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  UNFCCC - COP5 Negotiations Saturday, October 30

Climate change, coral bleaching and the future of the world's coral reefs

Greenpeace International hosted this side event, which highlighted the threats to coral reefs due to climate change. Kevin Jardine, Greenpeace International, presented the findings of a recent Greenpeace-commissioned study, which used known bleaching temperature thresholds and the sea surface termperature projections generated by general circulation models from the Max Planck Institute and Australia's CSIRO to conclude that near-annual bleaching events may occur on most large reef systems within 70 years, while in some of the most vulnerable reefs, including those in the Caribbean, bleaching may occur annually within about 20 years. Jardine stressed that without immediate action to reduce GHG emissions, annual bleaching is expected to cause many reefs to die-off, with enormous implications for reef ecosystems, and the multi-billion dollar fishing and tourist industries that depend on them.

Kevin Jardine, Greenpeace International (http://www.greenpeace.org/)
Surangel Whipps, Palou, made an emotional appeal for increased climate change mitigation efforts, highlighting the recent bleaching of reefs in Palou and in the Pacific Island countries and the devastating impacts it has on local communities.

Russian energy prospects and the implications for emissions and climate policy: a workshop report

The Royal Institute of International Affairs (RIIA) in collaboration with the Centre for Energy Policy sponsored this event. Panelists included Michael Grubb and Christian Vrolijk, RIIA, Frank Joshua, UNCTAD, and Marina Martynova, Russian Centre for Foreign Investments. Christian Vrolijk discussed a recent workshop on Russian energy prospects and the implications for emissions and climate policy. The workshop resulted in improved understanding of the problems and challenges for Russian energy to date. He said that the problem of non-payment and the lack of investment in the energy sector had to be addressed, and that this would have serious implications for future energy consumption in Russia. He said that energy demand, which was currently about 30% below 1990 levels, would be between 10% higher and 20% lower than current levels by 2010. He said this would result in demand (and emissions)being substantially below 1990 levels even under the highest assumption. Marina Martynova and Frank Joshua reported on the results of a regional workshop on emissions trading for countries with economies in transition held in September in Moscow. The objective of the meeting was to increase awareness, share experiences and identify needs for capacity building. Issues addressed at the workshop included: a review of experiences with domestic and commercial emission trading initiatives; perspectives on the development of a plurilateral emissions trading system; key design aspects of allowance and credit trading systems; market entry strategies; and the role of organized markets in controlling GHG emissions. The workshop also included a commodity and auction market simulation, as well as an assessment of the capacity building needs for emissions trading in transition countries.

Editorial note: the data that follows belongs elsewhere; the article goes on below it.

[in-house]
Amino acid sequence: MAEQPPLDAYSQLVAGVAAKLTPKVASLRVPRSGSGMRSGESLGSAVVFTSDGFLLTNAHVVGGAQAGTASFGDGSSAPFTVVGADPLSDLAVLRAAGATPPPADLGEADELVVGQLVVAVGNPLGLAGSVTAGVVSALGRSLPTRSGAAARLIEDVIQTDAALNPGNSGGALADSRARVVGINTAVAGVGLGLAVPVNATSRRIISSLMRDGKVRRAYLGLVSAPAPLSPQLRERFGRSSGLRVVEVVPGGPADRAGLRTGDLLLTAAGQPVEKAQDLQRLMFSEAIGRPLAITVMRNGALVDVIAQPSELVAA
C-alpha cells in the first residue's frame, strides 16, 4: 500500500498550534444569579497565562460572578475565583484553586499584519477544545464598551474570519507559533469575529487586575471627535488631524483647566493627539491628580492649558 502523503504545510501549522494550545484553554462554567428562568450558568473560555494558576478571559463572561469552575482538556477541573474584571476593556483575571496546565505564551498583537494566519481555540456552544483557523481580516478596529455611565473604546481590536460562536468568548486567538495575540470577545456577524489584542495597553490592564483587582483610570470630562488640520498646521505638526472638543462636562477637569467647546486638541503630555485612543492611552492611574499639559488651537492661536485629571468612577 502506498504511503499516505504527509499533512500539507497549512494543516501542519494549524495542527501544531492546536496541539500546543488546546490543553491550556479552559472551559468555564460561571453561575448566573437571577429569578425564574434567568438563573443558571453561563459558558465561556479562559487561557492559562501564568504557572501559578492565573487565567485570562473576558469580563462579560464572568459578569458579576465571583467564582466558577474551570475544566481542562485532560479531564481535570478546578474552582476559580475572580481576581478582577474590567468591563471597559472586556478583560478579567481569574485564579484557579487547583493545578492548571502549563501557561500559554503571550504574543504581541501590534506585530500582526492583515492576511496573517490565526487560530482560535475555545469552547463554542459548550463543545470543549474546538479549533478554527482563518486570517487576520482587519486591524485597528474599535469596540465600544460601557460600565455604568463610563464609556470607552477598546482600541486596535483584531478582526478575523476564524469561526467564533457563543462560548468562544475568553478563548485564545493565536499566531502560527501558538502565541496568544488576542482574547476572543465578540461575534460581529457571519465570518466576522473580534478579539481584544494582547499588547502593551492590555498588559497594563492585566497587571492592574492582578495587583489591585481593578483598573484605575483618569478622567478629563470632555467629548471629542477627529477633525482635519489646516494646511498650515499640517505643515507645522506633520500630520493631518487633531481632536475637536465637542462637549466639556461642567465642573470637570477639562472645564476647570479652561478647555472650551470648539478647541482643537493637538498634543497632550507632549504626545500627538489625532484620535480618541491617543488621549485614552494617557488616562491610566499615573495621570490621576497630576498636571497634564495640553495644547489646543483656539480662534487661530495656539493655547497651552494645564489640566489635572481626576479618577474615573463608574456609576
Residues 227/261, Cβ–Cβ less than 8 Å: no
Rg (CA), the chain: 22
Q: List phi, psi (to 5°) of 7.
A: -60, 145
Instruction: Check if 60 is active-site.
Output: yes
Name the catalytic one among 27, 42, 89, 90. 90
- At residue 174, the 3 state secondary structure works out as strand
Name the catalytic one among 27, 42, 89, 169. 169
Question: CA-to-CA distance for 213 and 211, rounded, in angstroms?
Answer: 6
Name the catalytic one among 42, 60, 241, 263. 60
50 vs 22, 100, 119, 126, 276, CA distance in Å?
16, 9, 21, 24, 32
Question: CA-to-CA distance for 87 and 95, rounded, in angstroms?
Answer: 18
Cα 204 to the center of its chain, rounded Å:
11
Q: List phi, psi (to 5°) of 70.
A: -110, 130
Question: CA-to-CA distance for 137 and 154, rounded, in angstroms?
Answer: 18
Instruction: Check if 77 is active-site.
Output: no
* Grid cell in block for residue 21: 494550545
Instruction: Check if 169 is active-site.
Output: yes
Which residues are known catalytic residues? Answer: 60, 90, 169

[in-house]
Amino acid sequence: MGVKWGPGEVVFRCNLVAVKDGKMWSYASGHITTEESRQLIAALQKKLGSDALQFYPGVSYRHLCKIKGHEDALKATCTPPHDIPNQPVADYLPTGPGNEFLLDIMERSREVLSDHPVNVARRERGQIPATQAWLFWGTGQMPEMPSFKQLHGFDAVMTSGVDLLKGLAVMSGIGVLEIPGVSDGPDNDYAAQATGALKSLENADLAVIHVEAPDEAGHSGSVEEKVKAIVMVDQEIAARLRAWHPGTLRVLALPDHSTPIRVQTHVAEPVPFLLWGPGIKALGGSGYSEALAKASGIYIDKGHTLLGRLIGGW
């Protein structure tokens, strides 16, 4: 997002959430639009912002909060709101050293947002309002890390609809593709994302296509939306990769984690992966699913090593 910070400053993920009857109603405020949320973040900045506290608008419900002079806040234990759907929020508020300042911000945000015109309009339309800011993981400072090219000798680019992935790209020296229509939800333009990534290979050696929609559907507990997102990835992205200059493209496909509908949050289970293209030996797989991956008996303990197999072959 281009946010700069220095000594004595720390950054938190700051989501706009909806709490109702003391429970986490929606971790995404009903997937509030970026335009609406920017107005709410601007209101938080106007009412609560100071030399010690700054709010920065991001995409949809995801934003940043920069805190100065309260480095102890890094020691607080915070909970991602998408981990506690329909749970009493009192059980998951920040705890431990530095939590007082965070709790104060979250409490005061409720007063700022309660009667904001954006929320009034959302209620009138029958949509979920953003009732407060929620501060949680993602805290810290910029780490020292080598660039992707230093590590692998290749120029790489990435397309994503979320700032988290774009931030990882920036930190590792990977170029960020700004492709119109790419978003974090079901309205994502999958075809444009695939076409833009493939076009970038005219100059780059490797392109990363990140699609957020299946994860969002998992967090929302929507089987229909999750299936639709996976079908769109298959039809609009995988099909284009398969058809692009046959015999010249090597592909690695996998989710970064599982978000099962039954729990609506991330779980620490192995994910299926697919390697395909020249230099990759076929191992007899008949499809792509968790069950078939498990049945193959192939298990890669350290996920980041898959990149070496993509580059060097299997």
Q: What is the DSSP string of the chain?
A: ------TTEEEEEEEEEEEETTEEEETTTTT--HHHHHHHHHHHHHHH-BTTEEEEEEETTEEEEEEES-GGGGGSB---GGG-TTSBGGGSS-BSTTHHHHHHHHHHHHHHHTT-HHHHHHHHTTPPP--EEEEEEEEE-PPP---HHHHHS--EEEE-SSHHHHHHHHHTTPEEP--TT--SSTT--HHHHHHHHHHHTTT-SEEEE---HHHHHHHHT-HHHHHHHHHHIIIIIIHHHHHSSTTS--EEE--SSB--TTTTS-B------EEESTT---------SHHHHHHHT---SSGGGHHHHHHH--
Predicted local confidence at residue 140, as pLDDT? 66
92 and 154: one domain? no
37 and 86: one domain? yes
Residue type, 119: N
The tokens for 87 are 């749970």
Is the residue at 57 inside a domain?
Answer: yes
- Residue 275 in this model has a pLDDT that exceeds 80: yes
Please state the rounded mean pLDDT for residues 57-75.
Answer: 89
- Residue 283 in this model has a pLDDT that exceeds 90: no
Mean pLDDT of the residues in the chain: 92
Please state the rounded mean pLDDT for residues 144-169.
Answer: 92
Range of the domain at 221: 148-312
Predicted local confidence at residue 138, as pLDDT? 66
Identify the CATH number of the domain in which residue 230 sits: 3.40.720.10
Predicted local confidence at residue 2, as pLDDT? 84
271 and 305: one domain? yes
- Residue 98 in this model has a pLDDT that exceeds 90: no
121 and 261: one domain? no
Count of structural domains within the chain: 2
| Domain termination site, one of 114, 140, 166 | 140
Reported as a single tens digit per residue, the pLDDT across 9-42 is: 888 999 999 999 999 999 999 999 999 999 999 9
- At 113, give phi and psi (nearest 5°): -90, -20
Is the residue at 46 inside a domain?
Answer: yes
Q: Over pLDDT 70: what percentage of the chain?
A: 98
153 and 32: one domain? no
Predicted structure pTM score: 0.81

For more information, visit http://www.climate.ru and http://www.riia.org or email Christian Vrolijk, RIIA (left), at cvrolijk@riia.org
Frank Joshua, UNCTAD, and Marina Martynova, Russian Federation

Michael Grubb, RIIA

Uncertain inventories: Implications for the Kyoto Protocol

In this side event, convened by the Verificaton Research Training Information Centre (VERTIC), Fiona Mullins addressed the implications of uncertainty in the calculation of GHG inventories for the Kyoto Protocol. Fiona Mullins can be contacted at Environmental Resources Management, Eaton House, Wallbrook Court, North Hinksey Lane, Oxford Ox2 0QS. E-mail: fxm@ermuk.com

In our RealAudio presentation, Fiona Mullins of Environmental Resource Manangement notes that data quality in national emissions measurements will vary internationally according to local capacities for data collection. Mullins describes how variable data quality can affect Kyoto mechanisms, how emissions trading may affect and/or be affected by data quality, and proposes the establishment of a 'safety margin' in data collection and comparison to be used for trading purposes only.

Part one              Part two              Part three


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